Will A Bad Shift Solenoid Throw A Code? (Explained)

Shift solenoids commonly malfunction, just like all other components on a car. Will a bad shift solenoid throw a code? Numerous car owners claim that their shift solenoid required replacement in the absence of a check engine light or particular error number.

A malfunctioning transmission solenoid will generate a code, but it’s not for the reason you might expect. The transmission control unit (TCU), which regulates speed by shifting gears, is a crucial component of the entire vehicle.

The transmission solenoid, which can be found in both automatic and manual gearbox cars, is a component of the TCU. The role is to govern fluid flow into and throughout an automatic transmission, and the position might vary depending on the car manufacturer and type.

Let’s talk about some things through this article. We will help you answer the question posed in the title. Let’s get started!

What Is The Purpose of The Shift Solenoid?

The shift solenoid’s function is to control the shifting of gears in a vehicle. When the solenoid is activated, fluid flows into the transmission, causing the gears to engage. This contributes to the vehicle shifting smoothly and efficiently.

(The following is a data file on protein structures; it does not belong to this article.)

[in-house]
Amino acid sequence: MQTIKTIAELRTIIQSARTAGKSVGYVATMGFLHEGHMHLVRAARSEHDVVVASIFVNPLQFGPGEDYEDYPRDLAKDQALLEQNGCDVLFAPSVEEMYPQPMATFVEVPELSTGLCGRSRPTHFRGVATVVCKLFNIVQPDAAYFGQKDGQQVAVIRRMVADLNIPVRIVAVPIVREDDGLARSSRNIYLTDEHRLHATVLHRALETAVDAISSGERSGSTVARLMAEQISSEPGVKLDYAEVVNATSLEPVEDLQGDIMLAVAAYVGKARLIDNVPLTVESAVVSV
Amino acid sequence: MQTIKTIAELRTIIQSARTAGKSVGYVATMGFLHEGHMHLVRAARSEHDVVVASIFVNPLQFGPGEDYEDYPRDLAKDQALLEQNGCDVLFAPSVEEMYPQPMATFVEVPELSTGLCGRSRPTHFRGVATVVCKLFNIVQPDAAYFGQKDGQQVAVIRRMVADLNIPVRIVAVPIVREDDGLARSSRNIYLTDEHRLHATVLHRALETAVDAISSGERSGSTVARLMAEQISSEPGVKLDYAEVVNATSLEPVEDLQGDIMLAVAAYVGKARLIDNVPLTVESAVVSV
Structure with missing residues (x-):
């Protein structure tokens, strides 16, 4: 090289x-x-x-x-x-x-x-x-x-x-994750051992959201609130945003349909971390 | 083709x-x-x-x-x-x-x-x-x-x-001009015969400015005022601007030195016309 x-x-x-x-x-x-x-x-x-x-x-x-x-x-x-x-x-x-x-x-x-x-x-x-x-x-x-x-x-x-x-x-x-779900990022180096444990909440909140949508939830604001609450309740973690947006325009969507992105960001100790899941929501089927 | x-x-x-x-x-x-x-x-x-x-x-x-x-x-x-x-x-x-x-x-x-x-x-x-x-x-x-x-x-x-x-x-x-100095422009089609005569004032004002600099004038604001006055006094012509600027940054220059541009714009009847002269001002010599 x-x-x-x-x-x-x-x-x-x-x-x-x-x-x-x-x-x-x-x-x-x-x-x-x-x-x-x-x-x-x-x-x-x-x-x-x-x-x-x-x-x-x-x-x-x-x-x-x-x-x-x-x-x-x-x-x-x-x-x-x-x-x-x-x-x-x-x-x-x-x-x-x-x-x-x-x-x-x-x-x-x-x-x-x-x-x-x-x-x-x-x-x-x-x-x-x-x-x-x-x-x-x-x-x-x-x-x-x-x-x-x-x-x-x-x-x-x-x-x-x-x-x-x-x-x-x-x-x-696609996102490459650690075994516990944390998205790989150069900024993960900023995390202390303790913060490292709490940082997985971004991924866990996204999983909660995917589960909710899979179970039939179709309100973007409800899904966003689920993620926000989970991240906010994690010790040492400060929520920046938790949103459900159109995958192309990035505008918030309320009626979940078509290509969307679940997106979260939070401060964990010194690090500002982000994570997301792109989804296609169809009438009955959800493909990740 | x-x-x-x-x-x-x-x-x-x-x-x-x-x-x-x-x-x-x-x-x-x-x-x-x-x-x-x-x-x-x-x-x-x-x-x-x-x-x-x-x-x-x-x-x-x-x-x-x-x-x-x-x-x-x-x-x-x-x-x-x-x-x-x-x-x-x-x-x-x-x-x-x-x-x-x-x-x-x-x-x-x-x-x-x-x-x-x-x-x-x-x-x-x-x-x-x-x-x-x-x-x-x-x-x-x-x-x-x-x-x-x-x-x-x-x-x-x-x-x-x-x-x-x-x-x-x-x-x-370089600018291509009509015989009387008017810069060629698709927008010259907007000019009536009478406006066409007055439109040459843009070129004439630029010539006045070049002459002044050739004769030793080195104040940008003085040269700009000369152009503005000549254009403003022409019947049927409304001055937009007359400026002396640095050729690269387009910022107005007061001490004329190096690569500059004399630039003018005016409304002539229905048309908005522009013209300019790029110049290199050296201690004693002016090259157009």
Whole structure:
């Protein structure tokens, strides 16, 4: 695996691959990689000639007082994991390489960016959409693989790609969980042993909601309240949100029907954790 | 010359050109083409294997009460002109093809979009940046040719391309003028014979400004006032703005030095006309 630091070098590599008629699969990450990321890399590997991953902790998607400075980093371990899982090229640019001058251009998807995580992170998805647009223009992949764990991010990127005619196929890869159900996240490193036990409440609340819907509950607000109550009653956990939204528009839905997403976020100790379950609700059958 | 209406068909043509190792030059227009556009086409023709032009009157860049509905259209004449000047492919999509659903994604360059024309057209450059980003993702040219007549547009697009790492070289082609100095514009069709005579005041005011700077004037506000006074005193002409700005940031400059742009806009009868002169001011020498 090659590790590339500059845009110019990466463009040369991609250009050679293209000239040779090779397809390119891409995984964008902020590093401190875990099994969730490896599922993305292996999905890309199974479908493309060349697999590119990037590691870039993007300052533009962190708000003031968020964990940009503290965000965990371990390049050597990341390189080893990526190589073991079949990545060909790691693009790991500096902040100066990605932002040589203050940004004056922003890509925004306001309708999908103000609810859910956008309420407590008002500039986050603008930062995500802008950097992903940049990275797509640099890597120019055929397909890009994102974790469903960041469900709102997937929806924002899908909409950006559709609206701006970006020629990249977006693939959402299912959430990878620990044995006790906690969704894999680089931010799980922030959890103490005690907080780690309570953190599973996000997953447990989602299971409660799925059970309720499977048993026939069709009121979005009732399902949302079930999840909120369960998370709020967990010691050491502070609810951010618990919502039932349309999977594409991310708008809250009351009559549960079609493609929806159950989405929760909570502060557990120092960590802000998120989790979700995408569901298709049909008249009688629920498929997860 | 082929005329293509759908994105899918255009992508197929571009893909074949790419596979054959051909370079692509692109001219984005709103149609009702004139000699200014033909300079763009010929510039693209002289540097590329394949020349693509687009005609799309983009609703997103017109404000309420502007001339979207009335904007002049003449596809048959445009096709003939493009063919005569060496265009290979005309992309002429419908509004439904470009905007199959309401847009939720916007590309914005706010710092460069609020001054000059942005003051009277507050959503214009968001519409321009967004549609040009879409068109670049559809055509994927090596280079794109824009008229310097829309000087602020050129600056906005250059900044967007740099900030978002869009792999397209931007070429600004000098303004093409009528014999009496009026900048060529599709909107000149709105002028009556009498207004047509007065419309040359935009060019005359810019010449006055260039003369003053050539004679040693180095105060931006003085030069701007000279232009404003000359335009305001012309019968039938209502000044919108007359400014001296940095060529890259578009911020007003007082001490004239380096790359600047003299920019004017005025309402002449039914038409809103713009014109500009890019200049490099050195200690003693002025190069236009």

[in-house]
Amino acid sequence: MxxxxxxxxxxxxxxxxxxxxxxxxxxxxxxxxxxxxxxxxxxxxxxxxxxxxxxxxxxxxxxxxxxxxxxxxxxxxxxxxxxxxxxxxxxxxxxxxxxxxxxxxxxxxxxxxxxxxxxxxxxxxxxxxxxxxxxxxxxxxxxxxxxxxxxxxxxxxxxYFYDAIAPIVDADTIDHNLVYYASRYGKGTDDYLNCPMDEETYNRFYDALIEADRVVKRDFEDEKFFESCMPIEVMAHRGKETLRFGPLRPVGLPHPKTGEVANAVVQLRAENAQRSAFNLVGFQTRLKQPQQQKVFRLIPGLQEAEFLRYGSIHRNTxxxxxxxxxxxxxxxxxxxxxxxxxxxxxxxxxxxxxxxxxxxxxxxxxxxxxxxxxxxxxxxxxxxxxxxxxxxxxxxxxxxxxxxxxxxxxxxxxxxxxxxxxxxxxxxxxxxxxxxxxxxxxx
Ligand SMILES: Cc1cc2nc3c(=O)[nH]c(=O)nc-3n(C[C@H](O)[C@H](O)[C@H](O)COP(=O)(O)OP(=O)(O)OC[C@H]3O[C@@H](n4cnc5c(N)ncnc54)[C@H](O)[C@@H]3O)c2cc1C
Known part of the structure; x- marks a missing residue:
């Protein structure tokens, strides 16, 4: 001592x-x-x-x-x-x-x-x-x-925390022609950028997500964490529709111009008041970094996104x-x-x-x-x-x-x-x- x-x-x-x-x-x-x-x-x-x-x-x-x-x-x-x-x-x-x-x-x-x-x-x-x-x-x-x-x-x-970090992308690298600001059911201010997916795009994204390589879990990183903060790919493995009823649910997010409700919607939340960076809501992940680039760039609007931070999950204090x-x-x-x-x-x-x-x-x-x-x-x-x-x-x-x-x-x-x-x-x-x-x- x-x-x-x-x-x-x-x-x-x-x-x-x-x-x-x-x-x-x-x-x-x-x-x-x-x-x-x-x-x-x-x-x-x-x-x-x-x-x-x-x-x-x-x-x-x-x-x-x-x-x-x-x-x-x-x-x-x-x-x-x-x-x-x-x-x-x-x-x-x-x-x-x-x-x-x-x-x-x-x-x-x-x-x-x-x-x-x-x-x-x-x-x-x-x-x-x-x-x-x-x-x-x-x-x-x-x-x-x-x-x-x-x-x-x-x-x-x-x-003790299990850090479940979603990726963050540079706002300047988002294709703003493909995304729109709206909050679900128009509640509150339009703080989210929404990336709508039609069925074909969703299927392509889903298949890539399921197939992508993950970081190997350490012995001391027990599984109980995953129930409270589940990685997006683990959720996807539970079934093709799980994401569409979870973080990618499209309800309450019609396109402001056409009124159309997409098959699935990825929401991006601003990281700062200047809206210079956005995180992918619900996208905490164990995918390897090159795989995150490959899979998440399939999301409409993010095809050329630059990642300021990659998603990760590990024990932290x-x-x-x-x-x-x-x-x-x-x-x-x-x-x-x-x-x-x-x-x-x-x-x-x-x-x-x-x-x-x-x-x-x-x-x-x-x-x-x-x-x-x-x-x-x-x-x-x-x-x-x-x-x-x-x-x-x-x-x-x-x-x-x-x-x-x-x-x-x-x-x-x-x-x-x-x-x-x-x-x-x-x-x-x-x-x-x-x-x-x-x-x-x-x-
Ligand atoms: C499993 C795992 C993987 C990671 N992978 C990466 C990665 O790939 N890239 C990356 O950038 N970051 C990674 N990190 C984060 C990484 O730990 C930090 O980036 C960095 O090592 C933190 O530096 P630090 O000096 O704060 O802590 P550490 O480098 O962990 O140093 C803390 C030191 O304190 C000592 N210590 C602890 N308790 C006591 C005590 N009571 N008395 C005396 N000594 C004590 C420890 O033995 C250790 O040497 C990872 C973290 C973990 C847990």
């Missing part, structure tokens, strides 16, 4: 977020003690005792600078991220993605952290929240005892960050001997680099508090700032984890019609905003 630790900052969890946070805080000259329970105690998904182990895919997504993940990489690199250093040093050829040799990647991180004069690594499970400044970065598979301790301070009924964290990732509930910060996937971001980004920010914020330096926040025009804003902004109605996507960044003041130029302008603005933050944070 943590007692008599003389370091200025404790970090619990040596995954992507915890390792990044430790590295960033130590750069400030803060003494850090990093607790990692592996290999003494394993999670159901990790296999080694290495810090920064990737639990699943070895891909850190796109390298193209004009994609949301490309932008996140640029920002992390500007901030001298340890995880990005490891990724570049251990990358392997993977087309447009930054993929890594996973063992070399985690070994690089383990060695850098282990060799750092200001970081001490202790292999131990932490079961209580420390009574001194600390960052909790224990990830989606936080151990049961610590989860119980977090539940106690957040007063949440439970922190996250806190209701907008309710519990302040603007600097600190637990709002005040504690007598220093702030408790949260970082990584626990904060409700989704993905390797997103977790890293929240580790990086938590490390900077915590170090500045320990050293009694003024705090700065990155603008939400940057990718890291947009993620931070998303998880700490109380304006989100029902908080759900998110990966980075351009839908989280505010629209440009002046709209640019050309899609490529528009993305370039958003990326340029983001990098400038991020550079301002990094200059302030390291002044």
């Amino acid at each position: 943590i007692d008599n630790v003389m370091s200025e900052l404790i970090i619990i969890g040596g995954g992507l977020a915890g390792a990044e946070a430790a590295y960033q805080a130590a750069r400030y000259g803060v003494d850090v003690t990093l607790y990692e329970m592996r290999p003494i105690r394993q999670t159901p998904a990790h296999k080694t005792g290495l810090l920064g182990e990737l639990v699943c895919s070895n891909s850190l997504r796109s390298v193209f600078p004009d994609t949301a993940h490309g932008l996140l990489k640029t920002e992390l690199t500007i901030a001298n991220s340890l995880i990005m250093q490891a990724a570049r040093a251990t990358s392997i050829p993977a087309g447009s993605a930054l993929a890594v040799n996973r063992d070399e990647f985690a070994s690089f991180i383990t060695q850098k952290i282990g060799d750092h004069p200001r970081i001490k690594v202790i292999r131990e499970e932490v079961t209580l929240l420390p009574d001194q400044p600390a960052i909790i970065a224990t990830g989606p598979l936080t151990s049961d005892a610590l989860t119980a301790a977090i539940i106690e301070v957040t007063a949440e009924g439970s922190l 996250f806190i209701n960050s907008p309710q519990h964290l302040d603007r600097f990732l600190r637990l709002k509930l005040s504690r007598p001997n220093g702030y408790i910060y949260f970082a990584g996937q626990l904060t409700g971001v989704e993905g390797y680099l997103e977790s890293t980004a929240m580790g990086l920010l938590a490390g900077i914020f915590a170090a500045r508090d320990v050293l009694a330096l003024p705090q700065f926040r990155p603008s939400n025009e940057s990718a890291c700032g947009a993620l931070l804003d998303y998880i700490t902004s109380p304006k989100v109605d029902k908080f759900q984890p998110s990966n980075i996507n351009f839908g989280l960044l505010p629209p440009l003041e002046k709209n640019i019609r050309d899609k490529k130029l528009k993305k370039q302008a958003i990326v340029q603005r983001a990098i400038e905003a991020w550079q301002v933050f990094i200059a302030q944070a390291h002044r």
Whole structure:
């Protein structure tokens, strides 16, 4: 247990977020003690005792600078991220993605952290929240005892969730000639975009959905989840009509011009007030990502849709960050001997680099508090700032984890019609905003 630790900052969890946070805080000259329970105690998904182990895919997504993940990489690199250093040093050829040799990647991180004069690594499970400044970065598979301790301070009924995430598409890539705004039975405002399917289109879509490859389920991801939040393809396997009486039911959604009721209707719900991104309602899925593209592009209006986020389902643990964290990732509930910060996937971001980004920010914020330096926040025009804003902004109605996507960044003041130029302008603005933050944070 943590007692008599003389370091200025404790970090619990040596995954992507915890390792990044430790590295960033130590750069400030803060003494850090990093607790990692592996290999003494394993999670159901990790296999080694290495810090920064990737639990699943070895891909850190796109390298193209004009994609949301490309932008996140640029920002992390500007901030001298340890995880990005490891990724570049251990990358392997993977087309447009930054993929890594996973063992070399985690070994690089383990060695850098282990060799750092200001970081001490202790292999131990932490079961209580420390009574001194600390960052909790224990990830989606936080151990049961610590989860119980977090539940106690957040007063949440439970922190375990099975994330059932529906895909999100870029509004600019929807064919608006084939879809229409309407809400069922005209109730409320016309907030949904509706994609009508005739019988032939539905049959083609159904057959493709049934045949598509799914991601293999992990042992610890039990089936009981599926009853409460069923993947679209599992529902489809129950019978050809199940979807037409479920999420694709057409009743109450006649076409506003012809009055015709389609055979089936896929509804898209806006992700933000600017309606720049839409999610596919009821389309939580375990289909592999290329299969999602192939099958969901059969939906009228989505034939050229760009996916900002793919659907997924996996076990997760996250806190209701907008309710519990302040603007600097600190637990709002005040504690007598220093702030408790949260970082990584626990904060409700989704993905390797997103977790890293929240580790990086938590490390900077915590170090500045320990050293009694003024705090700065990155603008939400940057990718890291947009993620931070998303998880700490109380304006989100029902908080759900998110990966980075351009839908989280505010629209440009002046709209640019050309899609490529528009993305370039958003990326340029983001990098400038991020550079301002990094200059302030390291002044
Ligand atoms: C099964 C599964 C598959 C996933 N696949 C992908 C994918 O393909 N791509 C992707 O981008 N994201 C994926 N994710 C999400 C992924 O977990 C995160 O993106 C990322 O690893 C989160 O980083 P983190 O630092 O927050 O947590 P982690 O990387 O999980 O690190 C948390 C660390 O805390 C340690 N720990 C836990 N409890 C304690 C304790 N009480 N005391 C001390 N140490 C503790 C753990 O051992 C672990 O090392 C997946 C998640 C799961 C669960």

The shift solenoid is an electrical valve that allows transmission fluid to pass through while actuating the gearshift. 

While most transmissions have two or three solenoids, transmissions can have up to four shift solenoids. The majority of transmissions only use two or three solenoids 80 percent of the time.

All contemporary transmissions use pressure control solenoids to regulate the boost valve’s position. An electronic control module manages the solenoid.

The pintle’s position is managed by the control module using an on-off method known as a duty cycle, which in turn manages the fluid flow through the solenoid.

Line pressure solenoids, PC solenoids, and EPC solenoids, which stands for electronic pressure control line, are all terms used to refer to pressure control solenoids.

Inside the transmission are the solenoids for the transmission. The function of a transmission solenoid is to guide hydraulic fluid into the valve body to activate the proper gear.

Shift slippage, irregular shifting, and a transmission that won’t shift at all are all common symptoms of faulty transmission solenoids.